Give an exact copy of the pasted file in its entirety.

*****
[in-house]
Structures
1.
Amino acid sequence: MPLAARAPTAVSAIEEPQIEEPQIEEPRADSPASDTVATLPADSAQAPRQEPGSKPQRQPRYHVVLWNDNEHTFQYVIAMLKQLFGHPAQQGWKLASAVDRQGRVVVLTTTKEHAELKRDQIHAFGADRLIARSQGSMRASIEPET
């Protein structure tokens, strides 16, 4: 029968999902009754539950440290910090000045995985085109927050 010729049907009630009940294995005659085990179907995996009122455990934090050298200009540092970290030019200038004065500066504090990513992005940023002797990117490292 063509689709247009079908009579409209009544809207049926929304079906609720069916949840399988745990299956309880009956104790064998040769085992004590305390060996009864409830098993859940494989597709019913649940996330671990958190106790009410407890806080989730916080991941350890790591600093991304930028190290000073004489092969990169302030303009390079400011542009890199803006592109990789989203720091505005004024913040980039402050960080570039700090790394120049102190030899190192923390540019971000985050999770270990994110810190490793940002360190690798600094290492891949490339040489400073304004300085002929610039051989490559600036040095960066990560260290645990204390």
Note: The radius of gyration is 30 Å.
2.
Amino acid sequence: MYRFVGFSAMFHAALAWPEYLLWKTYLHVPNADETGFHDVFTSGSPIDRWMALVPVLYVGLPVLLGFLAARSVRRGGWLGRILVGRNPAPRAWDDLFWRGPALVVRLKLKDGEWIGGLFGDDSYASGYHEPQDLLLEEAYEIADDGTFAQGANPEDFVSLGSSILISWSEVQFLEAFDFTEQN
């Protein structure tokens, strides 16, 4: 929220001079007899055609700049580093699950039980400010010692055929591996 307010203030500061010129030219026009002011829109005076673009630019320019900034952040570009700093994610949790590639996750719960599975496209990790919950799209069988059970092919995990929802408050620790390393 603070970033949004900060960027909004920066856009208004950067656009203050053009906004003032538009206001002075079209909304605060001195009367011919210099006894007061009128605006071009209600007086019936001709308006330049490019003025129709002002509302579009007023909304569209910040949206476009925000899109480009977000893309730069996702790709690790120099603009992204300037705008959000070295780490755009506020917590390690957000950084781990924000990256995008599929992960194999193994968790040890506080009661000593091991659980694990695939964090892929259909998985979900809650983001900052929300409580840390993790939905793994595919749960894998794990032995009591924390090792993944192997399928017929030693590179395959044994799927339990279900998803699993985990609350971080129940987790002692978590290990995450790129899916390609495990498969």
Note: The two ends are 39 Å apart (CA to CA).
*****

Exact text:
[in-house]
Structures
1.
Amino acid sequence: MPLAARAPTAVSAIEEPQIEEPQIEEPRADSPASDTVATLPADSAQAPRQEPGSKPQRQPRYHVVLWNDNEHTFQYVIAMLKQLFGHPAQQGWKLASAVDRQGRVVVLTTTKEHAELKRDQIHAFGADRLIARSQGSMRASIEPET
């Protein structure tokens, strides 16, 4: 029968999902009754539950440290910090000045995985085109927050 010729049907009630009940294995005659085990179907995996009122455990934090050298200009540092970290030019200038004065500066504090990513992005940023002797990117490292 063509689709247009079908009579409209009544809207049926929304079906609720069916949840399988745990299956309880009956104790064998040769085992004590305390060996009864409830098993859940494989597709019913649940996330671990958190106790009410407890806080989730916080991941350890790591600093991304930028190290000073004489092969990169302030303009390079400011542009890199803006592109990789989203720091505005004024913040980039402050960080570039700090790394120049102190030899190192923390540019971000985050999770270990994110810190490793940002360190690798600094290492891949490339040489400073304004300085002929610039051989490559600036040095960066990560260290645990204390």
Note: The radius of gyration is 30 Å.
2.
Amino acid sequence: MYRFVGFSAMFHAALAWPEYLLWKTYLHVPNADETGFHDVFTSGSPIDRWMALVPVLYVGLPVLLGFLAARSVRRGGWLGRILVGRNPAPRAWDDLFWRGPALVVRLKLKDGEWIGGLFGDDSYASGYHEPQDLLLEEAYEIADDGTFAQGANPEDFVSLGSSILISWSEVQFLEAFDFTEQN
């Protein structure tokens, strides 16, 4: 929220001079007899055609700049580093699950039980400010010692055929591996 307010203030500061010129030219026009002011829109005076673009630019320019900034952040570009700093994610949790590639996750719960599975496209990790919950799209069988059970092919995990929802408050620790390393 603070970033949004900060960027909004920066856009208004950067656009203050053009906004003032538009206001002075079209909304605060001195009367011919210099006894007061009128605006071009209600007086019936001709308006330049490019003025129709002002509302579009007023909304569209910040949206476009925000899109480009977000893309730069996702790709690790120099603009992204300037705008959000070295780490755009506020917590390690957000950084781990924000990256995008599929992960194999193994968790040890506080009661000593091991659980694990695939964090892929259909998985979900809650983001900052929300409580840390993790939905793994595919749960894998794990032995009591924390090792993944192997399928017929030693590179395959044994799927339990279900998803699993985990609350971080129940987790002692978590290990995450790129899916390609495990498969």
Note: The two ends are 39 Å apart (CA to CA).